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Diaphragmatic Paralysis Differential Diagnoses

  • Author: Nader Kamangar, MD, FACP, FCCP, FCCM; Chief Editor: Ryland P Byrd, Jr, MD  more...
 
Updated: Apr 09, 2015
 
 

Diagnostic Considerations

The following diagnoses may be difficult to differentiate from bilateral diaphragmatic paralysis:

  • Diaphragmatic relaxation can occur in which the muscles are thin but no injury is seen to the nerves.
  • Alveolar hypoventilation is caused by brain stem or high cervical spine disease. Patients have normal respiratory muscle strength and can voluntarily hyperventilate to lower the PaCO2.
  • Anterior horn cells and neuromuscular junction diseases may be difficult to differentiate from phrenic nerve dysfunction.
 
 
Contributor Information and Disclosures
Author

Nader Kamangar, MD, FACP, FCCP, FCCM Professor of Clinical Medicine, University of California, Los Angeles, David Geffen School of Medicine; Chief, Division of Pulmonary and Critical Care Medicine, Vice-Chair, Department of Medicine, Olive View-UCLA Medical Center

Nader Kamangar, MD, FACP, FCCP, FCCM is a member of the following medical societies: Academy of Persian Physicians, American Academy of Sleep Medicine, American Association for Bronchology and Interventional Pulmonology, American College of Chest Physicians, American College of Critical Care Medicine, American College of Physicians, American Lung Association, American Medical Association, American Thoracic Society, Association of Pulmonary and Critical Care Medicine Program Directors, Association of Specialty Professors, California Sleep Society, California Thoracic Society, Clerkship Directors in Internal Medicine, Society of Critical Care Medicine, Trudeau Society of Los Angeles, World Association for Bronchology and Interventional Pulmonology

Disclosure: Nothing to disclose.

Coauthor(s)

Shahriar Pirouz, MD Resident Physician, Department of Internal Medicine, Olive View-UCLA Medical Center

Disclosure: Nothing to disclose.

Payam Rohani, MD Resident Physician, Department of Internal Medicine, Olive View-UCLA Medical Center

Payam Rohani, MD is a member of the following medical societies: American College of Physicians

Disclosure: Nothing to disclose.

Specialty Editor Board

Francisco Talavera, PharmD, PhD Adjunct Assistant Professor, University of Nebraska Medical Center College of Pharmacy; Editor-in-Chief, Medscape Drug Reference

Disclosure: Received salary from Medscape for employment. for: Medscape.

Daniel R Ouellette, MD, FCCP Associate Professor of Medicine, Wayne State University School of Medicine; Chair of the Clinical Competency Committee, Pulmonary and Critical Care Fellowship Program, Senior Staff and Attending Physician, Division of Pulmonary and Critical Care Medicine, Henry Ford Health System; Chair, Guideline Oversight Committee, American College of Chest Physicians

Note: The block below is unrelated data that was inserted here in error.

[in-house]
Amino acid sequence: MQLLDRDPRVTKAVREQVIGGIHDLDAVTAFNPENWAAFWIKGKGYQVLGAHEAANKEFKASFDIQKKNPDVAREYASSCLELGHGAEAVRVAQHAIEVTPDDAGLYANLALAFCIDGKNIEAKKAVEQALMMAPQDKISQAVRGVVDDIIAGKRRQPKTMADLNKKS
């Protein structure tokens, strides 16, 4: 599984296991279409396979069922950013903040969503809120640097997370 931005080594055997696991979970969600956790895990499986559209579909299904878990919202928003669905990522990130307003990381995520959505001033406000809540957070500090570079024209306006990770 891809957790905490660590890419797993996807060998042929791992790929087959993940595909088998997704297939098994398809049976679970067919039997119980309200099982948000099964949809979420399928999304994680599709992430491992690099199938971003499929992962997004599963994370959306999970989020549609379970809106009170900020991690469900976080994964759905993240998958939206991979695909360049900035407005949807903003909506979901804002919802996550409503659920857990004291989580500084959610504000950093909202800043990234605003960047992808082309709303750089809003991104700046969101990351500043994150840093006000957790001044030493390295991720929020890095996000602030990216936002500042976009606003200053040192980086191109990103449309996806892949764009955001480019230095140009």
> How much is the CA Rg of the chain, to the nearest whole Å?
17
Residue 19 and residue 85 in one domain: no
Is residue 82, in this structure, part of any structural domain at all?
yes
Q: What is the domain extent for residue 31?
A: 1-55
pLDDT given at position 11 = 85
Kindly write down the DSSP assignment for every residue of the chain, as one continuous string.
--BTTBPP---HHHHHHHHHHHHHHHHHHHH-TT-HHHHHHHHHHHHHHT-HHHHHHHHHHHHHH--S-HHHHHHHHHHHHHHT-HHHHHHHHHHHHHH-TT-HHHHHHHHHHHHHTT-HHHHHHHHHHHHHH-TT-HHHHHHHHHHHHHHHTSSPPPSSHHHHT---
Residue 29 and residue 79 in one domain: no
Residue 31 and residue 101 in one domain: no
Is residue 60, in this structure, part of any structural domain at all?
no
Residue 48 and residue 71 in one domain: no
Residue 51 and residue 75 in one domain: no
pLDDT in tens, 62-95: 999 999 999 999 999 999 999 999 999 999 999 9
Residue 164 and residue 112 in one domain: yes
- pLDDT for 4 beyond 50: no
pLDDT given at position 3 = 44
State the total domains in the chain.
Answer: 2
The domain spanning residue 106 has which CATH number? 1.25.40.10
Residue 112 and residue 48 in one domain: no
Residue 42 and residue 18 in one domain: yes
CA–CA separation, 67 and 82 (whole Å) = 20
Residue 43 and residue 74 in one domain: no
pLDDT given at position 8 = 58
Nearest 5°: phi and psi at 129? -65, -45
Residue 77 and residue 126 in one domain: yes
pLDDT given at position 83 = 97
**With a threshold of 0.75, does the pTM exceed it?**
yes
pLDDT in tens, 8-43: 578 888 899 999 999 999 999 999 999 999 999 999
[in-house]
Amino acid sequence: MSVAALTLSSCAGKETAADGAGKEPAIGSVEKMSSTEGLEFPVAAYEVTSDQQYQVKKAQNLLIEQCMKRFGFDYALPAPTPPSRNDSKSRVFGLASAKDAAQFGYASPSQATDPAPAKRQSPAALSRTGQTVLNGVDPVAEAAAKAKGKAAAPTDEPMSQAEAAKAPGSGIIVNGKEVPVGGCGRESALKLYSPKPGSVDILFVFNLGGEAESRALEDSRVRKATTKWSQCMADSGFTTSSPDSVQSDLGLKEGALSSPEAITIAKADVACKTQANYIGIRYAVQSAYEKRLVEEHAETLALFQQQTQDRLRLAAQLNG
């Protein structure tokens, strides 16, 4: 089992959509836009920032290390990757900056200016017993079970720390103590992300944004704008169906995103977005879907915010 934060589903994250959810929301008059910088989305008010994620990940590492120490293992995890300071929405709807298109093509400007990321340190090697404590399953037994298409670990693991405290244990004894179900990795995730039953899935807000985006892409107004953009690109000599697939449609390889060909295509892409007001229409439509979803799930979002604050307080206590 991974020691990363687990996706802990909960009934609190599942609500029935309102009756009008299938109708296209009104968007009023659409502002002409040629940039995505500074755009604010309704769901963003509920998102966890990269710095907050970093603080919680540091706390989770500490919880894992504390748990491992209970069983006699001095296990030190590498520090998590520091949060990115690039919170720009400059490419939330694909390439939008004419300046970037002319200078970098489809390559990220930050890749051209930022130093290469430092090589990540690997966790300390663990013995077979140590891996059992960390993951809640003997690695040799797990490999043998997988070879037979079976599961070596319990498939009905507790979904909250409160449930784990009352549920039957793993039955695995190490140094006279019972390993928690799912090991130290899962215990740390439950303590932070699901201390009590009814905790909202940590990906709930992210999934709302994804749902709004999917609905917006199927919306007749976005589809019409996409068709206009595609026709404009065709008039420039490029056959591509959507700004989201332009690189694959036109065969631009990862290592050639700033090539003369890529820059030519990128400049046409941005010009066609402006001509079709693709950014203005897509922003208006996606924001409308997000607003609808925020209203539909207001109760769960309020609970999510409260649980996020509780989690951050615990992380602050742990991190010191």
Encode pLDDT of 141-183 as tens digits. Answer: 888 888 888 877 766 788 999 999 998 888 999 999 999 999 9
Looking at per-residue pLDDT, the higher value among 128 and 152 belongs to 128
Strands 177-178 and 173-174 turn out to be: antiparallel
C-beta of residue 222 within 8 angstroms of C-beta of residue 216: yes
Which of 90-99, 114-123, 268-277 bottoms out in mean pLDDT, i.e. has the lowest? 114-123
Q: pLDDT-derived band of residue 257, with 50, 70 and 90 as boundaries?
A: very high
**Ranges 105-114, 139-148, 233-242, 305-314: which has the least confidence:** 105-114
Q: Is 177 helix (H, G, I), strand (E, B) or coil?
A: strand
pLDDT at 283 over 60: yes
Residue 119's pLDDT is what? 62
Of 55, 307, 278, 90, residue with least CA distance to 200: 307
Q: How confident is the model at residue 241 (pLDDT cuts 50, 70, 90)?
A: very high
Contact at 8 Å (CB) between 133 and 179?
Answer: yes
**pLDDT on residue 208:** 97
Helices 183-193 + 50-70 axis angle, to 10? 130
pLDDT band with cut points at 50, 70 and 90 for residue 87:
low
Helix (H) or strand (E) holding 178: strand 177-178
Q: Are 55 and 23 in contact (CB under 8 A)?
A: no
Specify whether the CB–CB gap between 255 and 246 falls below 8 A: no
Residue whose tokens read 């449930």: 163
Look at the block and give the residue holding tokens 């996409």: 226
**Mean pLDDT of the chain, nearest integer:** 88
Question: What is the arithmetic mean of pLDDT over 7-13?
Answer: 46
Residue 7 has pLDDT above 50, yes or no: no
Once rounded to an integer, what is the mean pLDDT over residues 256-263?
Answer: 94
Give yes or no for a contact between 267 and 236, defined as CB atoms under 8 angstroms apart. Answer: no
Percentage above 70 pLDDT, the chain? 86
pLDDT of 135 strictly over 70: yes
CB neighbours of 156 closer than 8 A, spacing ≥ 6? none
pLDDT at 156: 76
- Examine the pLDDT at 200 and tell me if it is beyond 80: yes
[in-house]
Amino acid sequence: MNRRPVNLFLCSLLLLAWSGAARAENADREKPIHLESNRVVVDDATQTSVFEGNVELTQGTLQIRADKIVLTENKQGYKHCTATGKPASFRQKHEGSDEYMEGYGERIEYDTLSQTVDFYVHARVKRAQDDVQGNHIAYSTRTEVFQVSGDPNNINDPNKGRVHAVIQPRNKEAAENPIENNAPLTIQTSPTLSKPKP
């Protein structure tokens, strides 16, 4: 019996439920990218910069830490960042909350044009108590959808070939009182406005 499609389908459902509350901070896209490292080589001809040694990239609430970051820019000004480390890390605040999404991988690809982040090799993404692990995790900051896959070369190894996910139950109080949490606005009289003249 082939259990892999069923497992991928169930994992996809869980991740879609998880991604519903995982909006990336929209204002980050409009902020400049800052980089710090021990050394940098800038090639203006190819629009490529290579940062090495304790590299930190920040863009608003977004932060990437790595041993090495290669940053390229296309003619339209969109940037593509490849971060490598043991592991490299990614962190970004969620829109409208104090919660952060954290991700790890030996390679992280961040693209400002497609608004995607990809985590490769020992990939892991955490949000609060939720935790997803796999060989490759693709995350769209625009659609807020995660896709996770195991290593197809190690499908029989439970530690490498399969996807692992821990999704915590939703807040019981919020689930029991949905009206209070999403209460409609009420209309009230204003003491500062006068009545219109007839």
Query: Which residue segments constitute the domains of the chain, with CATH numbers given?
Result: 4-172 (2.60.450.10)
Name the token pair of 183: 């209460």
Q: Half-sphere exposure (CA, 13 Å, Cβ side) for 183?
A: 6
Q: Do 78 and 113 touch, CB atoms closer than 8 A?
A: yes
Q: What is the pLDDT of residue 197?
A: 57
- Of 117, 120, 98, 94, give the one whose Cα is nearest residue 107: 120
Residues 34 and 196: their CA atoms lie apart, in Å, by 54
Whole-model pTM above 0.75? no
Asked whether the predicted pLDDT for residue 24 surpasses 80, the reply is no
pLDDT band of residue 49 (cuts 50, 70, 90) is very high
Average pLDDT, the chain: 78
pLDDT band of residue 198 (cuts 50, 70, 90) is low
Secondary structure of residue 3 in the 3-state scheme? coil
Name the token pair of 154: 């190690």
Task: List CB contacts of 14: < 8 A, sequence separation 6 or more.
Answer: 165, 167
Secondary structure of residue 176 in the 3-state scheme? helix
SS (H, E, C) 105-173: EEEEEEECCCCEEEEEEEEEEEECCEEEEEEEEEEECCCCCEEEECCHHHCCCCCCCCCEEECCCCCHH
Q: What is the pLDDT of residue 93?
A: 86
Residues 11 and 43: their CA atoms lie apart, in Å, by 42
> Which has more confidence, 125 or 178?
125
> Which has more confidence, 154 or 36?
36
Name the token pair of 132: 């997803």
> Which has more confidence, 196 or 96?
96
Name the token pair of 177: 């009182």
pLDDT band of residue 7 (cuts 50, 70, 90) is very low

Daniel R Ouellette, MD, FCCP is a member of the following medical societies: American College of Chest Physicians, Society of Critical Care Medicine, American Thoracic Society

Disclosure: Nothing to disclose.

Chief Editor

Ryland P Byrd, Jr, MD Professor of Medicine, Division of Pulmonary Disease and Critical Care Medicine, James H Quillen College of Medicine, East Tennessee State University

Ryland P Byrd, Jr, MD is a member of the following medical societies: American College of Chest Physicians, American Thoracic Society

Disclosure: Nothing to disclose.

Acknowledgements

Sat Sharma, MD, FRCPC Professor and Head, Division of Pulmonary Medicine, Department of Internal Medicine, University of Manitoba; Site Director, Respiratory Medicine, St Boniface General Hospital

Sat Sharma, MD, FRCPC is a member of the following medical societies: American Academy of Sleep Medicine, American College of Chest Physicians, American College of Physicians-American Society of Internal Medicine, American Thoracic Society, Canadian Medical Association, Royal College of Physicians and Surgeons of Canada, Royal Society of Medicine, Society of Critical Care Medicine, and World Medical Association

Disclosure: Nothing to disclose.

References
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Acute unilateral left diaphragmatic paralysis in a patient with moderately severe chronic obstructive pulmonary disease. The patient previously was asymptomatic but developed class III dyspnea following the new event.
Fluoroscopy of elevated left hemidiaphragm in a patient with unilateral diaphragmatic paralysis. The diaphragm moves paradoxically upward during inspiration.
Fluoroscopy of elevated left hemidiaphragm in a patient with unilateral diaphragmatic paralysis. The diaphragm does not move during expiration. For confirmation, a sniff test is required.
 
 
 
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